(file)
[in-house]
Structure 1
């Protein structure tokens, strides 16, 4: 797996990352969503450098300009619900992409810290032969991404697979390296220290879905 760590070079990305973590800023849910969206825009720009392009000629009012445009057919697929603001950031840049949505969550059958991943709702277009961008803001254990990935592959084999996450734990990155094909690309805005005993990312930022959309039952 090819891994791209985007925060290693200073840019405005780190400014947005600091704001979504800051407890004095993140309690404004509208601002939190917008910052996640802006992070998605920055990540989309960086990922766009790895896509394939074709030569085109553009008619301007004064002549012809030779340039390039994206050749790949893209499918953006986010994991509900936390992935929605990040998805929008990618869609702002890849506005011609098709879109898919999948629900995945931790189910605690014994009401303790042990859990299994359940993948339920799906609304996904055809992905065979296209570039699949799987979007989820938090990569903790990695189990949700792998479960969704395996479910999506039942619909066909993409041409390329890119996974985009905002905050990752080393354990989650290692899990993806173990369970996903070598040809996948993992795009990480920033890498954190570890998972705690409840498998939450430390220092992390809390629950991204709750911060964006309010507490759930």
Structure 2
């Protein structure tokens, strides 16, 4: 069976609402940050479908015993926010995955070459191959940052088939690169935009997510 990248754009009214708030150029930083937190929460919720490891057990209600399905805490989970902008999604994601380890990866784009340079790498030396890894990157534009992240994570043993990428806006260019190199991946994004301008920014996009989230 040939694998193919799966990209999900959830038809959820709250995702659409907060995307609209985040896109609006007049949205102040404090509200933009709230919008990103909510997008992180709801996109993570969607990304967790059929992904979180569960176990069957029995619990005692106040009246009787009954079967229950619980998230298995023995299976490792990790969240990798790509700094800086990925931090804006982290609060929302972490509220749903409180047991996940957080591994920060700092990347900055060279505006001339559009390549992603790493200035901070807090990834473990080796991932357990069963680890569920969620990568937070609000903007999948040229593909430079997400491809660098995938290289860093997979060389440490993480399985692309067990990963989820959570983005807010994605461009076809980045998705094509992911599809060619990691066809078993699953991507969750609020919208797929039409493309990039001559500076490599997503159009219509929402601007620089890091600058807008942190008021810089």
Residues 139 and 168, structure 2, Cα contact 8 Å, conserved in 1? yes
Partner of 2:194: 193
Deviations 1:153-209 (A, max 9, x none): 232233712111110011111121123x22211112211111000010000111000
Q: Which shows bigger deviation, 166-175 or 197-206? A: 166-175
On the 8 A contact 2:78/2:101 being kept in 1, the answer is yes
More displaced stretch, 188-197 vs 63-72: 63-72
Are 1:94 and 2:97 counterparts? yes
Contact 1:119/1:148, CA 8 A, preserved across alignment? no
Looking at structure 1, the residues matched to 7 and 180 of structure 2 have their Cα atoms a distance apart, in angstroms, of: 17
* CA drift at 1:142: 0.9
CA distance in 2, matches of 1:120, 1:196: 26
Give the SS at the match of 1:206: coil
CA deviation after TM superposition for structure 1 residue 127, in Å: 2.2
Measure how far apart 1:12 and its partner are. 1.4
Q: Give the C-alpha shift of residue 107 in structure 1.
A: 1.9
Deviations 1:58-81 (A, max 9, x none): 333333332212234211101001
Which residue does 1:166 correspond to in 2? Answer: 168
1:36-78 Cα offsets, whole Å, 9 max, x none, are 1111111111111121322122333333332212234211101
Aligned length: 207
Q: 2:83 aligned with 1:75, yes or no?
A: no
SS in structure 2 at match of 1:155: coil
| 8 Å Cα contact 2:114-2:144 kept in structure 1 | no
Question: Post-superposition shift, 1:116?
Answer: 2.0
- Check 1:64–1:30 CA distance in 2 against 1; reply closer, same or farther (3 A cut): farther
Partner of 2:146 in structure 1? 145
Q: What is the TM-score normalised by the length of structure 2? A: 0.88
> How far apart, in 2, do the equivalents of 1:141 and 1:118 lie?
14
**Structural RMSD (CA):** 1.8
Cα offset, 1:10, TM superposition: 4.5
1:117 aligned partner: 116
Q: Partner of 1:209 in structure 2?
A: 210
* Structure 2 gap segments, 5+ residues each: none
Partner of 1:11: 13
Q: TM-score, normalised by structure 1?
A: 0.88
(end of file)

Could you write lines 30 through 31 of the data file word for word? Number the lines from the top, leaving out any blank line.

Question: Post-superposition shift, 1:116?
Answer: 2.0